• Fentanyl: Known as Dalton’s Law, House Bill 215 requires those convicted of trafficking fentanyl, carfentanil or fentanyl derivatives to serve at least 85% of their criminal sentences, up from the current 50%. It also makes importing those drugs from another state or country a Class C felony and deems offenders ineligible for a pretrial diversion.
  • First responders: Senate Bill 64 aims to protect the confidentiality of first responders who participate in peer support counseling programs. Supporters say it will benefit thousands of public safety workers who frequently experience trauma on the job but could face repercussions from frank discussions in counseling.
  • Imagination Library: Senate Bill 164 establishes the Imagination Library of Kentucky Program. Founded by country music legend Dolly Parton, this international literacy program provides free books monthly to children from birth to age 5. The state will provide 50% of the funds.
  • Incest: Senate Bill 38 classifies incest as a violent offense. It also ensures that individuals guilty of incest complete at least 80% of their prison sentence.
  • Pari-mutuel wagering: House Bill 607 taxes every pari-mutuel wager at a standard 1.5% rate, including advance-deposit wagers and bets on simulcasts. It also directs more money to the general fund, makes the Kentucky Racing Commission responsible for self-funding, creates a self-exclusion list for problem gamblers and eliminates the track admissions tax.
  • Peace officer certifications: House Bill 206 prohibits anyone convicted of a misdemeanor sexual offense from serving as a peace officer.
  • Porch pirates: Senate Bill 23 cracks down on people who steal packages off front porches, often referred to as porch pirates. The bill makes it a Class D felony to steal or destroy packages from common carriers and delivery services such as Amazon or FedEx.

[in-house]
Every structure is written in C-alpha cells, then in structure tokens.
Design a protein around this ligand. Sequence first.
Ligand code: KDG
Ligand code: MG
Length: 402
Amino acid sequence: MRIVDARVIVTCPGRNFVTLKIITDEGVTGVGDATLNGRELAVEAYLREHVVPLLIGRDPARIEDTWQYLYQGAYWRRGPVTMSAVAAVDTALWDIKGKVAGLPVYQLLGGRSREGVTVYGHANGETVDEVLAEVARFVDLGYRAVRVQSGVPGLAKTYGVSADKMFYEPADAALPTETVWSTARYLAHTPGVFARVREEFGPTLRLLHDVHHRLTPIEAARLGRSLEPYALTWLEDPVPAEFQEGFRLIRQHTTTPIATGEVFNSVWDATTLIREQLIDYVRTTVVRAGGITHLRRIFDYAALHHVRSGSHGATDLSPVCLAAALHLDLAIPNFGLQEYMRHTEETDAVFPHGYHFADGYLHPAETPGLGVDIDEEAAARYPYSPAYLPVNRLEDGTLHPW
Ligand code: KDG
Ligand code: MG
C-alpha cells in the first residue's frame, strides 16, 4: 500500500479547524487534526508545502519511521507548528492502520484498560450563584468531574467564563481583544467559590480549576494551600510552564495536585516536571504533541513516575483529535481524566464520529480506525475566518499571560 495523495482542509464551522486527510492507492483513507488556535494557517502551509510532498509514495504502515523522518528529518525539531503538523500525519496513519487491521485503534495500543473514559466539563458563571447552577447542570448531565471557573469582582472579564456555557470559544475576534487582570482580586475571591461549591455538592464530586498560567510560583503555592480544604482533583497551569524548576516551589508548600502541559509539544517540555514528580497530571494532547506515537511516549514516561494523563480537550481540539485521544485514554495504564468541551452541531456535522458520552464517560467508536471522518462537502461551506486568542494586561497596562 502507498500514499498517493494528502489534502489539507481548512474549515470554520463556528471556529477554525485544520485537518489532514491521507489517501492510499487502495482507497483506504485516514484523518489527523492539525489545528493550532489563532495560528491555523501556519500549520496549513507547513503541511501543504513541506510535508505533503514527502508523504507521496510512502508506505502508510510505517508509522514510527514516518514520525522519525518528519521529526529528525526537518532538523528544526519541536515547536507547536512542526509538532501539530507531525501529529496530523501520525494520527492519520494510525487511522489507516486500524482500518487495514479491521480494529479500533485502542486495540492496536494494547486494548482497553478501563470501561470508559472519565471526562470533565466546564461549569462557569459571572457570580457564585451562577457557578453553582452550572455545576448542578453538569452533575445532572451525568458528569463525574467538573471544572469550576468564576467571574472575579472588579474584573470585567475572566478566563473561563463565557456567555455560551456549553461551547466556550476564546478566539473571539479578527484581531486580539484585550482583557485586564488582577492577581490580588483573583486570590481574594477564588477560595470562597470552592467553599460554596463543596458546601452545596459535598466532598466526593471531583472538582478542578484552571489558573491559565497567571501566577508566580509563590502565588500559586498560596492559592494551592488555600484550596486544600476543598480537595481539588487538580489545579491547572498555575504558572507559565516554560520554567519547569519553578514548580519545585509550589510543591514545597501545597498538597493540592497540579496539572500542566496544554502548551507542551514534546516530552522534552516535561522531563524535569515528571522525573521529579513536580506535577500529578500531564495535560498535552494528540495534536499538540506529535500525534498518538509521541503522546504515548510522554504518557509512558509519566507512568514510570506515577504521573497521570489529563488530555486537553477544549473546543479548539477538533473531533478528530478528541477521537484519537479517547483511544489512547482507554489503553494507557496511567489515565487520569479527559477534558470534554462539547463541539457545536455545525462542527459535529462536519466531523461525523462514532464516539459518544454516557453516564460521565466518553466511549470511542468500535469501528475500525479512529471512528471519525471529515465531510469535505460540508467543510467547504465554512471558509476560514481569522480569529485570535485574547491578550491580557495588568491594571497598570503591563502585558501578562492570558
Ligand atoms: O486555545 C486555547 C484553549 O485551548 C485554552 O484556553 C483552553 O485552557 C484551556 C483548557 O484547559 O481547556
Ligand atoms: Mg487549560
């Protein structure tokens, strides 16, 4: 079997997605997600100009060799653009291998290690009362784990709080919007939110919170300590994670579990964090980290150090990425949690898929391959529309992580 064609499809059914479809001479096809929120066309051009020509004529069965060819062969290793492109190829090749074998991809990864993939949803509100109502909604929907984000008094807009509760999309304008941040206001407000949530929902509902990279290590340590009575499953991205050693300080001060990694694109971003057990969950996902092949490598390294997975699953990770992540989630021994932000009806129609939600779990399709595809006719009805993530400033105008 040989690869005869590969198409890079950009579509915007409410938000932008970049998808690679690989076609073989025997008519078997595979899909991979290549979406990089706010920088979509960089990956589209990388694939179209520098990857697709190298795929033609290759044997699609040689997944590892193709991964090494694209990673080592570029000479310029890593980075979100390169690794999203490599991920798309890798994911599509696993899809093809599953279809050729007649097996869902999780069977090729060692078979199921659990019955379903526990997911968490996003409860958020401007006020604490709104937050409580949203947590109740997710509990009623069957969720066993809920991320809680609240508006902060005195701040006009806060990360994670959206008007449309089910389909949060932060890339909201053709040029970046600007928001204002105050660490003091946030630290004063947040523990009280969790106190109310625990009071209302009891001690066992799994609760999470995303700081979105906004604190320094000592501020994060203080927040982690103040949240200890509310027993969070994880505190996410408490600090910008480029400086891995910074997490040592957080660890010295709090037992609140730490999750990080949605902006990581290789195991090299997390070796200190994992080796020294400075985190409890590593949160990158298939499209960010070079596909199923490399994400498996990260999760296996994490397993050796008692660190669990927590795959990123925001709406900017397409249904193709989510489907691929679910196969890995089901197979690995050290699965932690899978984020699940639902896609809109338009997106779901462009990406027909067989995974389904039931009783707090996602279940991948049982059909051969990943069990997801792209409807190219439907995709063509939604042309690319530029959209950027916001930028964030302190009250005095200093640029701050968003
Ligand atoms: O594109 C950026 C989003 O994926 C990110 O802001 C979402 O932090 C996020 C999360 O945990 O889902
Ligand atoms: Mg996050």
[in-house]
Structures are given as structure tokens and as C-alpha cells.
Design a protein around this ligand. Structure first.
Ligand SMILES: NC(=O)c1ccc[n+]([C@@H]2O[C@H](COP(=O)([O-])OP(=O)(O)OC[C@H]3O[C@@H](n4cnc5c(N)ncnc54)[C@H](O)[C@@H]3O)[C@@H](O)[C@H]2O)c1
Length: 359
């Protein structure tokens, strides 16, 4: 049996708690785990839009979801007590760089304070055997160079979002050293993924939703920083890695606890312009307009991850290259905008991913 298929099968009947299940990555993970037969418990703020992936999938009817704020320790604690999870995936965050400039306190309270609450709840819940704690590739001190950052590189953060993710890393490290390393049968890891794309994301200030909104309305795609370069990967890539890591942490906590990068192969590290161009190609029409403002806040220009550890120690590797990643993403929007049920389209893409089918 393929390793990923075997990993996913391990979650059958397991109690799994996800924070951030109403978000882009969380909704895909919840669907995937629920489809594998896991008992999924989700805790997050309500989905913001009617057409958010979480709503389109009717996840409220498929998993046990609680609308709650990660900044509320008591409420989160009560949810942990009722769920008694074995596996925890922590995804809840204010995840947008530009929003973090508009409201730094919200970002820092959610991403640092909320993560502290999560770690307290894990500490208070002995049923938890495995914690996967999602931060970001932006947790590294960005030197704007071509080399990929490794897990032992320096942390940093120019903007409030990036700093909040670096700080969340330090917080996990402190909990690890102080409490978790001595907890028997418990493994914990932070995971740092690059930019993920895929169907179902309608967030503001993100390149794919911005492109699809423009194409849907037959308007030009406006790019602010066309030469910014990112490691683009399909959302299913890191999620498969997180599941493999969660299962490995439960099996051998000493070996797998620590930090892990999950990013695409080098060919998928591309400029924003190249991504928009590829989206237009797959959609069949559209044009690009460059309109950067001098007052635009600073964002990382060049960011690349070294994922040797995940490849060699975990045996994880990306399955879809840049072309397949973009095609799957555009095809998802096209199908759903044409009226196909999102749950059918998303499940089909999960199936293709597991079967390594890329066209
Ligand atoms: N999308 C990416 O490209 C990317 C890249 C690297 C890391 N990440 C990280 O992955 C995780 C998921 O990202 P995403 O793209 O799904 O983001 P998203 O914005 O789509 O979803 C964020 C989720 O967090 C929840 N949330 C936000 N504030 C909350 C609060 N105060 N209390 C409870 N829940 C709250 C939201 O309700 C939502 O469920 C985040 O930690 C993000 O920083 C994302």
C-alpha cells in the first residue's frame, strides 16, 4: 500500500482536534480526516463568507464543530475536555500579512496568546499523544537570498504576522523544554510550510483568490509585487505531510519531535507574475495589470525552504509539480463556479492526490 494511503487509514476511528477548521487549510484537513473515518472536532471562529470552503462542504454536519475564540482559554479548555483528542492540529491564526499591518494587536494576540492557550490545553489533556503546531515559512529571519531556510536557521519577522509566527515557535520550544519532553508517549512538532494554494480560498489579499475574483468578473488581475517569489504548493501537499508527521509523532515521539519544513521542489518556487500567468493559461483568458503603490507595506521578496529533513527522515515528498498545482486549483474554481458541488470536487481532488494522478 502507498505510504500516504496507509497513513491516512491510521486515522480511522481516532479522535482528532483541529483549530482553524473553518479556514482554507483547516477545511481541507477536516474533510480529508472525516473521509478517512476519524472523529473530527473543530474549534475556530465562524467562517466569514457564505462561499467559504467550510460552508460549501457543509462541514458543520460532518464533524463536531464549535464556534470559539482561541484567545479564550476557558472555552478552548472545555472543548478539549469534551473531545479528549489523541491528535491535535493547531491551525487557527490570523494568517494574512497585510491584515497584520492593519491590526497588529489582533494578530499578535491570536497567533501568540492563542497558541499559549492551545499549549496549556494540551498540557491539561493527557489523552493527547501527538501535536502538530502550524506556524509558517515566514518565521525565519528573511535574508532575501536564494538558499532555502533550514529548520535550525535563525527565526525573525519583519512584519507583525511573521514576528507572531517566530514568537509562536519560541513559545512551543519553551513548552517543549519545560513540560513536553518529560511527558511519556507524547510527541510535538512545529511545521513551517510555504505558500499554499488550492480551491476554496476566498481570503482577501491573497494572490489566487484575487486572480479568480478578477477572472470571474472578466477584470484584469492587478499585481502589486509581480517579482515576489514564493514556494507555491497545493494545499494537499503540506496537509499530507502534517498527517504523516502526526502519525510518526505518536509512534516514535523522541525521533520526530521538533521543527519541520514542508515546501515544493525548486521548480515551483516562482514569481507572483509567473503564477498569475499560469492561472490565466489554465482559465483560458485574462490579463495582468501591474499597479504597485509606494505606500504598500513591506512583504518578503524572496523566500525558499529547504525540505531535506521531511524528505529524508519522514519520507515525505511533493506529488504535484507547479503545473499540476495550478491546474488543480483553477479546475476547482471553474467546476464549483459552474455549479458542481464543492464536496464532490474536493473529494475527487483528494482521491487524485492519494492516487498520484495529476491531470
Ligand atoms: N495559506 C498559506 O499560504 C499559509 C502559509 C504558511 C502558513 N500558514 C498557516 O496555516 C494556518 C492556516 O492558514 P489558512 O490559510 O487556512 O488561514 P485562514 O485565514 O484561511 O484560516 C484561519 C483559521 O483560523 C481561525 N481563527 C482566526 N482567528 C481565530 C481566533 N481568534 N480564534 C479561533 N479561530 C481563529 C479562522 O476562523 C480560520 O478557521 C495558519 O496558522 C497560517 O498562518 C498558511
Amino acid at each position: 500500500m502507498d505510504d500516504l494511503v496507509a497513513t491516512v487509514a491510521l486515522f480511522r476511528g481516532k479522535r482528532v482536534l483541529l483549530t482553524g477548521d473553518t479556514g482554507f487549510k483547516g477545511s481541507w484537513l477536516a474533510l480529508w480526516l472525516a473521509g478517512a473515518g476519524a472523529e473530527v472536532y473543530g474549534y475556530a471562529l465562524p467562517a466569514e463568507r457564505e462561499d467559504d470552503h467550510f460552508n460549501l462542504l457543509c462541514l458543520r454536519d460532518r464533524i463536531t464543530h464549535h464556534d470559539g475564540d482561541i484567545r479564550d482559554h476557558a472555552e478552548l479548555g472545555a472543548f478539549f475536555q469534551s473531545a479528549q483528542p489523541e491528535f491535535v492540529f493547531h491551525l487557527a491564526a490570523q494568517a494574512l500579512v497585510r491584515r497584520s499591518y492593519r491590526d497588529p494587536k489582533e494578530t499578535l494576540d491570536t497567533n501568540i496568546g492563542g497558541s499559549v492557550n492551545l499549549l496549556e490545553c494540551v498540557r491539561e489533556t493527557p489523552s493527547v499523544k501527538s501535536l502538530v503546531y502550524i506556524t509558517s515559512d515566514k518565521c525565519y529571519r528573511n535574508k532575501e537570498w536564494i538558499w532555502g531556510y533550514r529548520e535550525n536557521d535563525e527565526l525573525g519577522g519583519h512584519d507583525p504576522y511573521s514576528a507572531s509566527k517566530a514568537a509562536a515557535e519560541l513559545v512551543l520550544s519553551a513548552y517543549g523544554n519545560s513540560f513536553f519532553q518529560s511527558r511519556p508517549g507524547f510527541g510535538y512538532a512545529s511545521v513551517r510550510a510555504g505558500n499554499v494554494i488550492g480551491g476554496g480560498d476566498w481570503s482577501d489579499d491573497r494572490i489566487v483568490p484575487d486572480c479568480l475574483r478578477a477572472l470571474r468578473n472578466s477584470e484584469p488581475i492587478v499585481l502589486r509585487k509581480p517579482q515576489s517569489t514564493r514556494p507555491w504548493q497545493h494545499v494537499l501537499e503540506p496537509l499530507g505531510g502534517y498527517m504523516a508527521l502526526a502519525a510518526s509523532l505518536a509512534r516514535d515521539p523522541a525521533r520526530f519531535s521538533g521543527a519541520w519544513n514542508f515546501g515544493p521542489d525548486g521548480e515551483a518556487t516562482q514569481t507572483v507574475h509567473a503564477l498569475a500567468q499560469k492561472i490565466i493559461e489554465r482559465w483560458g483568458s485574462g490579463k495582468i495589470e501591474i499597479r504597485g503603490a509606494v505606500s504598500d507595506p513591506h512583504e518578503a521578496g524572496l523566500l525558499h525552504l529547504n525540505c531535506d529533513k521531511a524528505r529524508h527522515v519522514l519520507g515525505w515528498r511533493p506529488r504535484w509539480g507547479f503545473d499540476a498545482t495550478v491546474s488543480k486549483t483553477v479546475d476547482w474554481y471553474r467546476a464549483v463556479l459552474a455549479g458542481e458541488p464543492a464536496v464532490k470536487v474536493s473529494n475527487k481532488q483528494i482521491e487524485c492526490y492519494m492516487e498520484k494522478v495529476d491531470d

• Public assistance: House Bill 7 revamps public assistance benefits and seeks to combat fraud with new rules around benefit eligibility. It also seeks to increase accountability from the state Cabinet for Health and Family Services and encourage healthy choices for those receiving nutritional assistance.
  • Religious services: House Bill 43 calls for equal treatment of houses of worship and religious organizations during a state of emergency.
  • School board meetings: House Bill 121 requires a public comment period of at least 15 minutes at local school board meetings, unless no one is signed up to speak. It also requires that any board rules and policies regarding conduct apply during the comment period.
  • School breakfasts: Senate Bill 151 calls on schools in the Federal School Breakfast Program to offer students up to 15 minutes to eat breakfast during instructional time.
  • School resource officers: House Bill 63 calls on local school districts to place a school resource officer in each school by Aug. 1 if they can afford the cost. It also allows local school boards to establish a police department for the district.
  • Serving alcohol: House Bill 252 clears the way for 18-year-olds to sell and serve alcoholic beverages.
  • Student mental health: House Bill 44 allows school boards to include provisions in their student attendance policy for excused absences due to a student’s mental or behavioral health status.
  • Swatting: House Bill 48 makes falsely reporting an incident that results in an emergency response – commonly called “swatting” – a Class D felony.
  • Telecommunicators: House Bill 79 expands the Law Enforcement Professional Development Wellness Program to assist telecommunicators who are coping with post-traumatic stress disorder or work-induced stress. It will also increase training and resources for telecommunicators related to stress disorders.
  • Transgender athletes: Senate Bill 83 will prevent male-to-female transgender students from participating in girls’ sports, starting in the sixth grade and continuing through college.